It's A Long Cocktail Way -- The Tipperary
"It's a Long Way to Tipperary" was a popular song during World War One. Referring to a town and county in southern Ireland (Ms. Cocktail Den and I drove near it but did not go there), the first mention of the Tipperary cocktail came in 1916, four years after the song. The recipe evolved over time. I first had a Tipperary at the excellent Here Nor There bar in Austin.
1.5 ounces Irish whiskey
1 ounce sweet vermouth
.5 ounces green Chartreuse
Combine in a mixing glass with ice, stir with the determination of wanting to see your significant other again, and strain into a chilled glass. Amarena cherry or lemon peel garnish optional.
First appearing in Hugo Ensslin's cocktail recipe book (the same book that gave us the Aviation), the original Tipperary has the same proportions as the modern Luck of the Irish. That's a good drink if you really like green Chartreuse. As for the Irish whiskey, use whichever one you prefer. Subsequent versions of the Tipperary call for slightly more Irish whiskey, and some add Angostura or orange bitters. I like the simplicity of this Tipperary because of its 3:2:1 ratio. It's not a long way to this great cocktail.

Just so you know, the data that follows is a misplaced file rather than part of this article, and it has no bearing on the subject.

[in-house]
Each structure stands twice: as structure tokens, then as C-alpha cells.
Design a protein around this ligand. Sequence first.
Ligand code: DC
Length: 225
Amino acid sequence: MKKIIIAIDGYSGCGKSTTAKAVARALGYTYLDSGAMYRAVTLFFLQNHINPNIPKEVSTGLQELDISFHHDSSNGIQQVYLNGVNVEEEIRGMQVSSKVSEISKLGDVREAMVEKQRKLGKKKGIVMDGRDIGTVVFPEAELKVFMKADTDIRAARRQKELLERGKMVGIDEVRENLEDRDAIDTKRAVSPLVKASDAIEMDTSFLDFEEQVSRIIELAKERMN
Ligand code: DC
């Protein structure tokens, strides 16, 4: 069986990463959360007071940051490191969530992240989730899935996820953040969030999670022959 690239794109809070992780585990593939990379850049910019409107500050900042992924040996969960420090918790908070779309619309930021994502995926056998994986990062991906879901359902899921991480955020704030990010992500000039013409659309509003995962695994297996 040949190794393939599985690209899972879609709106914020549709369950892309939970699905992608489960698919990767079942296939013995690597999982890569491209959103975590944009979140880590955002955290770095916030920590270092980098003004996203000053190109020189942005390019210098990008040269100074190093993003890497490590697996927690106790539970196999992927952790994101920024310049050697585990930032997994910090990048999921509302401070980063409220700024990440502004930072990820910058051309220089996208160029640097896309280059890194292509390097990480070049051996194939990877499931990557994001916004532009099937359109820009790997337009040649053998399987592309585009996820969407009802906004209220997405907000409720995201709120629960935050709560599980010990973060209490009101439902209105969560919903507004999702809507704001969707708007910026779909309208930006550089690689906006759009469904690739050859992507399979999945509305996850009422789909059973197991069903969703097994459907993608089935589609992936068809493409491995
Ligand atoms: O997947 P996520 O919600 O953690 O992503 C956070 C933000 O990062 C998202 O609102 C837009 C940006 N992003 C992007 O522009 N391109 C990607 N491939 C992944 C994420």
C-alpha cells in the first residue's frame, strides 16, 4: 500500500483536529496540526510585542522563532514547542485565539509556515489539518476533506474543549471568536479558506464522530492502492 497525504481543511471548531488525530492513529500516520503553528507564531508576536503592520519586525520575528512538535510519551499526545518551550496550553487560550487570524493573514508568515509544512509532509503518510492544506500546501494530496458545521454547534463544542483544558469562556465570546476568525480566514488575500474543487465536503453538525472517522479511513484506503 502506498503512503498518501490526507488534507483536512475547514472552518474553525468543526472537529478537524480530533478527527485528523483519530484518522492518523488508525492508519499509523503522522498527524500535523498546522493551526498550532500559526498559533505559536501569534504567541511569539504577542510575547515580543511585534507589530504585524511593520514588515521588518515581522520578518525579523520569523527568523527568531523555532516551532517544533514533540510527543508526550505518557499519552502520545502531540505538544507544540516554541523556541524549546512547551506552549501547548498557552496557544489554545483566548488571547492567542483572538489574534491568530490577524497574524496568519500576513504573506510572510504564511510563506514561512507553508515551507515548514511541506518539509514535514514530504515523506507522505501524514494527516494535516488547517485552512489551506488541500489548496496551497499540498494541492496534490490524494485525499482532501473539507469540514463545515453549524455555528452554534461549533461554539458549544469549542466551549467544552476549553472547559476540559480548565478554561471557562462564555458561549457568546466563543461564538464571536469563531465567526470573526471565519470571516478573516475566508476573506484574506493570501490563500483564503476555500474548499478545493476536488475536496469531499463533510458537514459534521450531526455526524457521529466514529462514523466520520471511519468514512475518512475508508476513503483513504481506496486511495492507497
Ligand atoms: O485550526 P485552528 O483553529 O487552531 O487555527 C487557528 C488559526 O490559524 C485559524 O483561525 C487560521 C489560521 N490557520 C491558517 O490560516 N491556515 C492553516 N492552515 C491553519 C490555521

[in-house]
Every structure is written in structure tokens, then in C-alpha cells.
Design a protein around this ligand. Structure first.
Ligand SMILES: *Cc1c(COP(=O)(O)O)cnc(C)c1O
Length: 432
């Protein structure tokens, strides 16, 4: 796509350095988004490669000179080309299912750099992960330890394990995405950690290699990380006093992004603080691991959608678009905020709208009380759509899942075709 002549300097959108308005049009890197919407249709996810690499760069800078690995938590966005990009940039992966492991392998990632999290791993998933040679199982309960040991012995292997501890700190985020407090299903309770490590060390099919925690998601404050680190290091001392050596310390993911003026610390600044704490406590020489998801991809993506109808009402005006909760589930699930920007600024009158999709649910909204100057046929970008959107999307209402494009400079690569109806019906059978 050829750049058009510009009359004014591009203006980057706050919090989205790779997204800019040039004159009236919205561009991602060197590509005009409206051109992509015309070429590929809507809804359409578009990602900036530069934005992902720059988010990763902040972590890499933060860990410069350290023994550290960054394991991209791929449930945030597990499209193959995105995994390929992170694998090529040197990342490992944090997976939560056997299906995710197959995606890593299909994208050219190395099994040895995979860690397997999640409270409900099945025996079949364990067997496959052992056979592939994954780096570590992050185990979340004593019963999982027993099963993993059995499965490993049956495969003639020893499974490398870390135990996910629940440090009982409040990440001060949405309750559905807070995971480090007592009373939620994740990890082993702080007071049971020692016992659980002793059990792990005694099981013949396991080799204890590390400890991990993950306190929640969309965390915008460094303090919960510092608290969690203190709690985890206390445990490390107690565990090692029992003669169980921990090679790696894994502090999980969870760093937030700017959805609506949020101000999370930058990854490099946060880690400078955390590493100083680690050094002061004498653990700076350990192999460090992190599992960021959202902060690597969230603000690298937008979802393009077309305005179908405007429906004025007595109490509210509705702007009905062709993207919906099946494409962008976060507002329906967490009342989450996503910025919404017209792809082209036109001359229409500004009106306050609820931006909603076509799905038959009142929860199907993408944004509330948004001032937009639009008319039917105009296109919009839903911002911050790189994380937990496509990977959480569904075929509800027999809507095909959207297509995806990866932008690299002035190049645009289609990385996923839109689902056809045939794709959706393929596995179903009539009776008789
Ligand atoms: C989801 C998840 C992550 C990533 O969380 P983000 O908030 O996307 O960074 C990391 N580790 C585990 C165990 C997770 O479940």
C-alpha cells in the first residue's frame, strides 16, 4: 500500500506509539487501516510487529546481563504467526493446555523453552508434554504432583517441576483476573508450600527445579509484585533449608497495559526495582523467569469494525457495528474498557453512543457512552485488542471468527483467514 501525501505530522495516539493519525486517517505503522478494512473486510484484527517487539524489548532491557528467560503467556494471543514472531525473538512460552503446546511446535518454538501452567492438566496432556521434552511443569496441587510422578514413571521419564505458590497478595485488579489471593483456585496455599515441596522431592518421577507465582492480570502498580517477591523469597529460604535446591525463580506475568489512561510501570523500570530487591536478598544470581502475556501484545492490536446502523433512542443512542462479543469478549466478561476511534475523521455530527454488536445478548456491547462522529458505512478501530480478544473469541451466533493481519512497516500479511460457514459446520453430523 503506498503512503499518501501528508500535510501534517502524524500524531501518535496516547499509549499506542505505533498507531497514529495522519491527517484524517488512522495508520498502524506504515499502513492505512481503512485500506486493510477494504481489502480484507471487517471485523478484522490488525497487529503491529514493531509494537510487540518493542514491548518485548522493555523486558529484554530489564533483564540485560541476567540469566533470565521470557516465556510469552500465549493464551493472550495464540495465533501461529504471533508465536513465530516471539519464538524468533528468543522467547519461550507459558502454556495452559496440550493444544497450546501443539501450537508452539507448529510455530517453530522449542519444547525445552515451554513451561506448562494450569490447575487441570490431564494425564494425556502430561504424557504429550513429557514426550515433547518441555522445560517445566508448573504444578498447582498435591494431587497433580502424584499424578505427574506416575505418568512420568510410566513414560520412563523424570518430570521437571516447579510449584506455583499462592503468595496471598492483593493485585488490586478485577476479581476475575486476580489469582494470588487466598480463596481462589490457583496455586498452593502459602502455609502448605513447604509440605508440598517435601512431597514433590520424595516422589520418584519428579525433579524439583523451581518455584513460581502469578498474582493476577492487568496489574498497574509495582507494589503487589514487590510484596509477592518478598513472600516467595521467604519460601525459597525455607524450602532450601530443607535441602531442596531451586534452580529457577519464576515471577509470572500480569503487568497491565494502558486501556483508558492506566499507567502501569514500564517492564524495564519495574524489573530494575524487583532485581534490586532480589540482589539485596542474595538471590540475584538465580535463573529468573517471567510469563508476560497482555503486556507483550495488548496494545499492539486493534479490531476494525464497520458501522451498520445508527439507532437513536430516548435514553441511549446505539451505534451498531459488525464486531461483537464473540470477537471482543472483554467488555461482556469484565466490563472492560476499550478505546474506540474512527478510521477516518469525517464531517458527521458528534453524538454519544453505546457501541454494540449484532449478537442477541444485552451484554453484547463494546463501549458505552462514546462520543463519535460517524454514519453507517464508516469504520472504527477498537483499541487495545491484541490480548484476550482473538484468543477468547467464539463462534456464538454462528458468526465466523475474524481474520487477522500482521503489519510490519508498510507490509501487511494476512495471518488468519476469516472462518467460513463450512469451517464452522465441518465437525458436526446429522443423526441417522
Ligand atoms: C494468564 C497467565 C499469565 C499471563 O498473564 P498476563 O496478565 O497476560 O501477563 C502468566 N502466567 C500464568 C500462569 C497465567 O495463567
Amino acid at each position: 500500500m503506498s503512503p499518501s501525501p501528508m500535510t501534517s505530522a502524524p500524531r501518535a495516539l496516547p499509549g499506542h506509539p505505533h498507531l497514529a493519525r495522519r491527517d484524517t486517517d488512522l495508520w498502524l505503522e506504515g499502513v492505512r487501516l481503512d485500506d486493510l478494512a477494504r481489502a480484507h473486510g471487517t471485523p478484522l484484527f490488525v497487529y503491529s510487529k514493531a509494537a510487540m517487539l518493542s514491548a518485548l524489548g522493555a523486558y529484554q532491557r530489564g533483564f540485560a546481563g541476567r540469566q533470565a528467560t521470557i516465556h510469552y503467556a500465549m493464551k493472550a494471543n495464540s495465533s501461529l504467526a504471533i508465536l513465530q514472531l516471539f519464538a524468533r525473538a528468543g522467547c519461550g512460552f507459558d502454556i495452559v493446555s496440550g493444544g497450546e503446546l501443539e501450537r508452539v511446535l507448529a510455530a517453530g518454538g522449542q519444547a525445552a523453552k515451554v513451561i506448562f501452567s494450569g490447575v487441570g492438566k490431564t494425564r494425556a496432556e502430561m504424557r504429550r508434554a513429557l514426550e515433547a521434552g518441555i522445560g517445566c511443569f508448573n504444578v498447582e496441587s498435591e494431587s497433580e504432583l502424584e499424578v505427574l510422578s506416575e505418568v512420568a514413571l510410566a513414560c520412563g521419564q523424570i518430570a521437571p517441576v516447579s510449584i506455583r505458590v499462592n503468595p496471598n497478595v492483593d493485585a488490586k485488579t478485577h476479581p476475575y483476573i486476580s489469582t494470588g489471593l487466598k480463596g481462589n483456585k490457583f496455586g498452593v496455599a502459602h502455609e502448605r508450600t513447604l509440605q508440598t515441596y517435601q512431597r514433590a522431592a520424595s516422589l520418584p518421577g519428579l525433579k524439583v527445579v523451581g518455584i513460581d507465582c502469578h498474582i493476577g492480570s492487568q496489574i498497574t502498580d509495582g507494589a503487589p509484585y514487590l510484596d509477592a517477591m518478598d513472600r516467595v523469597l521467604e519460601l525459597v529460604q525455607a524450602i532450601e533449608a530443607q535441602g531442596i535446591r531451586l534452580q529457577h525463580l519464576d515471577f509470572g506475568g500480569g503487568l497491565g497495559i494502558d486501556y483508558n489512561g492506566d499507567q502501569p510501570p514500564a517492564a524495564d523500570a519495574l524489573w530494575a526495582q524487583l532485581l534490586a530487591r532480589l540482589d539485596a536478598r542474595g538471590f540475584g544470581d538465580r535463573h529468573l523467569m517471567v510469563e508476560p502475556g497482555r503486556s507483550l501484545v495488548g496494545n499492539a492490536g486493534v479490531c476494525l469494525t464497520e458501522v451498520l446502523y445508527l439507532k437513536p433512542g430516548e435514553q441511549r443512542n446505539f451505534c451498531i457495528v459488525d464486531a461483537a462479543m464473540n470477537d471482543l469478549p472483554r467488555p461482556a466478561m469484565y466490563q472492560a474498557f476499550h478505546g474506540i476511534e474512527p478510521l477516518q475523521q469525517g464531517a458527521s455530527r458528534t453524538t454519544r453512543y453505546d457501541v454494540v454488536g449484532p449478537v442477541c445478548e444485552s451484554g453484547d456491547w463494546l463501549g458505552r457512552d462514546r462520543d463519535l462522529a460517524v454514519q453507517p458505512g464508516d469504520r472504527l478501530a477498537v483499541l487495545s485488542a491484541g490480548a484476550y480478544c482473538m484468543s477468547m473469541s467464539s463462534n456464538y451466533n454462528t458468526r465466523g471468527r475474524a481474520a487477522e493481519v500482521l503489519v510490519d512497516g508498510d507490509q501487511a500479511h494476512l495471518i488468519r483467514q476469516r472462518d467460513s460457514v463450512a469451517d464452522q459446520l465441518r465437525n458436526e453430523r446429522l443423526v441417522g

Intrigued by pairing green Chartreuse and sweet vermouth? Try a Bijou. Like Irish themed cocktails? Try a Good Cork, Intense Irish, or the iconic Irish Coffee. What will your liver say? Slainte!